That’s a pic of me with Thor.
I had a situation come up where every time a particular table was updated, an indexed view was also getting updated. That view was intended to speed up a report, but it made the table update really horrible. The view would only get updated if one particular column in the table was being updated. That column never got updated through the application, because once the record was created that column’s input field got grayed out. But Hibernate’s default behavior is to update all columns rather than to check which ones changed and only update the changed columns.
There is a performance trade-off. Usually you probably want the default behavior. But in this case, definitely not.
But Hibernate has an option to allow for updating only the columns that changed. This option is called dynamic-update. Different versions of Hibernate implement it differently. In the example in this blog post, hibernate-annotations version 3.4.0.GA was the dependency brought in.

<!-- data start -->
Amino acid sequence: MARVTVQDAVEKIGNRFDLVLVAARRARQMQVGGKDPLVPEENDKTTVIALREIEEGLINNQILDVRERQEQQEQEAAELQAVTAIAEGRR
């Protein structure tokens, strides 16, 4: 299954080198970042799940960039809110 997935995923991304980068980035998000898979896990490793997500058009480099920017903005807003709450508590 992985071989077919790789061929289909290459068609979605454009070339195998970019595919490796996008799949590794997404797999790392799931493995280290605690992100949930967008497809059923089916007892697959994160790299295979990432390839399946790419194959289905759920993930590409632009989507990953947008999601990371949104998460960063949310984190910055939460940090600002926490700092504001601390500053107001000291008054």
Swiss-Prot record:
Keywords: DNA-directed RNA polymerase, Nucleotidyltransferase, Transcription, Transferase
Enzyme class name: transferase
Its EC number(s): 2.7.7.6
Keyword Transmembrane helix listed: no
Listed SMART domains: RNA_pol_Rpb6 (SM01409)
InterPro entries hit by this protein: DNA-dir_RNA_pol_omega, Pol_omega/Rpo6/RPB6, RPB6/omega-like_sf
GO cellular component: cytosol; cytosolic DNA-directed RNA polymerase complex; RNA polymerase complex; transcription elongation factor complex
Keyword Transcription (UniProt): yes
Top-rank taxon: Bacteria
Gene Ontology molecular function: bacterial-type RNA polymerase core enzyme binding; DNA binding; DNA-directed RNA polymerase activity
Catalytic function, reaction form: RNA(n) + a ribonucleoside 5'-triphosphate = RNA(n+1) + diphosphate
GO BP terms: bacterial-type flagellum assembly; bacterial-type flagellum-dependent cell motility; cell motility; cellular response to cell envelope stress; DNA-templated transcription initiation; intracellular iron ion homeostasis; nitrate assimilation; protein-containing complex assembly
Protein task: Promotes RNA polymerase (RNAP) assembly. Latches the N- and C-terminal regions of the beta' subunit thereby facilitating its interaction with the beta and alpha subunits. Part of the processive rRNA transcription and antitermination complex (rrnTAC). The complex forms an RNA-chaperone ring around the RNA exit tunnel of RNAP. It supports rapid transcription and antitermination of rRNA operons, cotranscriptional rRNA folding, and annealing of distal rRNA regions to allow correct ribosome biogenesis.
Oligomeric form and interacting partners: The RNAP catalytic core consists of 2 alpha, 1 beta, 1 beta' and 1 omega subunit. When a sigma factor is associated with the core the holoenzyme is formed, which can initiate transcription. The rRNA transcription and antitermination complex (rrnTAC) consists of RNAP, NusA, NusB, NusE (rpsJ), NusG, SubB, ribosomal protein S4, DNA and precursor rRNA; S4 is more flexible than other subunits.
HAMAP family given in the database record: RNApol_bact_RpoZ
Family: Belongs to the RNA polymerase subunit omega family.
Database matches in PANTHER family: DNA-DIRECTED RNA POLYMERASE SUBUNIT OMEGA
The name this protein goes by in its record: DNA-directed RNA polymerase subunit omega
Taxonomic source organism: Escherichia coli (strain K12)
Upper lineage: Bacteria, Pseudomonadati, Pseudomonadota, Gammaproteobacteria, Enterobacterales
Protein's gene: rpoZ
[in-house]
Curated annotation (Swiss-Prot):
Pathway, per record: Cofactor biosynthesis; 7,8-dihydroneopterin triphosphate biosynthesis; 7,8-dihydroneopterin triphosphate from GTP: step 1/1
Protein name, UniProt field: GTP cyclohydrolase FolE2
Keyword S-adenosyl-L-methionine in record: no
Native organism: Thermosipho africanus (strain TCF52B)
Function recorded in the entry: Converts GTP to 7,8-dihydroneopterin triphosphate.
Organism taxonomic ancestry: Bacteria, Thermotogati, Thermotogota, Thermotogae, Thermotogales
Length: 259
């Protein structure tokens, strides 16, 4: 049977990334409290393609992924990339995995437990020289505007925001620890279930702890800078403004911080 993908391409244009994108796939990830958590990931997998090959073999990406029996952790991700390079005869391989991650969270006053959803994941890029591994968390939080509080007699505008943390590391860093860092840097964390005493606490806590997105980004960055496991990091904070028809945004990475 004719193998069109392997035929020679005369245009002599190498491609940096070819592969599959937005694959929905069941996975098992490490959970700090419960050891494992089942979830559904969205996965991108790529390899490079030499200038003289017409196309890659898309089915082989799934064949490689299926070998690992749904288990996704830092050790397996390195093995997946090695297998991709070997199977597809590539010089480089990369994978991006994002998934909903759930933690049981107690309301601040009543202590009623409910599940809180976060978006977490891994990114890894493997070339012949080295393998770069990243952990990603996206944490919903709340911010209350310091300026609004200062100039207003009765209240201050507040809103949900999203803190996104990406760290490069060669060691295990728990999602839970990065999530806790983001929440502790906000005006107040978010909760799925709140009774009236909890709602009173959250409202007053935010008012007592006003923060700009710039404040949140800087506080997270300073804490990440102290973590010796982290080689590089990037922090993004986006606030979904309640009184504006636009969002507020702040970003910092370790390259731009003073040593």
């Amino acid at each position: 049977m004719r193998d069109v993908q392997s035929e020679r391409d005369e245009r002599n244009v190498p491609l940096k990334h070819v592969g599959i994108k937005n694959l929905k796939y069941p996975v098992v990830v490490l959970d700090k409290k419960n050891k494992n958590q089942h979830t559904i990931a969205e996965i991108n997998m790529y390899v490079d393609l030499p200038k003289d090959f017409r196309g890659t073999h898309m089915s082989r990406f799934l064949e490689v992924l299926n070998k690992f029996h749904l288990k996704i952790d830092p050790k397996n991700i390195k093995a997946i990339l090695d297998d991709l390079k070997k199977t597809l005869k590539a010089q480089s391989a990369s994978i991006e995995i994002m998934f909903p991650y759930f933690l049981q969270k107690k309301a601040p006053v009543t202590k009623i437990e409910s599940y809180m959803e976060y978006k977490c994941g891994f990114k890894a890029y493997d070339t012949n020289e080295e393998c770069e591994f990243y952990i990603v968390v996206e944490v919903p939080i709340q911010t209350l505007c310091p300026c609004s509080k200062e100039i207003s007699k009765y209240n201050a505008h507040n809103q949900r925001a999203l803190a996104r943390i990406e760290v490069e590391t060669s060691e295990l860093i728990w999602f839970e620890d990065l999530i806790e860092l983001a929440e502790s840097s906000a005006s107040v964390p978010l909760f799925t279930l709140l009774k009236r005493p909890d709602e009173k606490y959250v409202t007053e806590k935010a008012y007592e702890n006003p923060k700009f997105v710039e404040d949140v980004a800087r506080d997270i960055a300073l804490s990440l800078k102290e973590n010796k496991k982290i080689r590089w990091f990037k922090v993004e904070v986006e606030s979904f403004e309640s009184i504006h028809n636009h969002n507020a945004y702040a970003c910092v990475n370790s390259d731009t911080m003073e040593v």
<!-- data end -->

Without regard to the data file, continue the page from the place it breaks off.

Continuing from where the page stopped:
Because Hibernate’s org.hibernate.annotations.Entity class is not a replacement, but rather a supplementation of javax.persistence.Entity, you have to implement it like this:
import javax.persistence.Entity; . . .
@Entity @org.hibernate.annotations.Entity(dynamicUpdate = true, selectBeforeUpdate = true) @Table(name = "blah") public class Blah...
The selectBeforeUpdate option is not required with the dynamicUpdate. It basically states that before doing an update, do a select to make sure you have the most recent copy of the table, then the dynamicUpdate option says only update changed columns.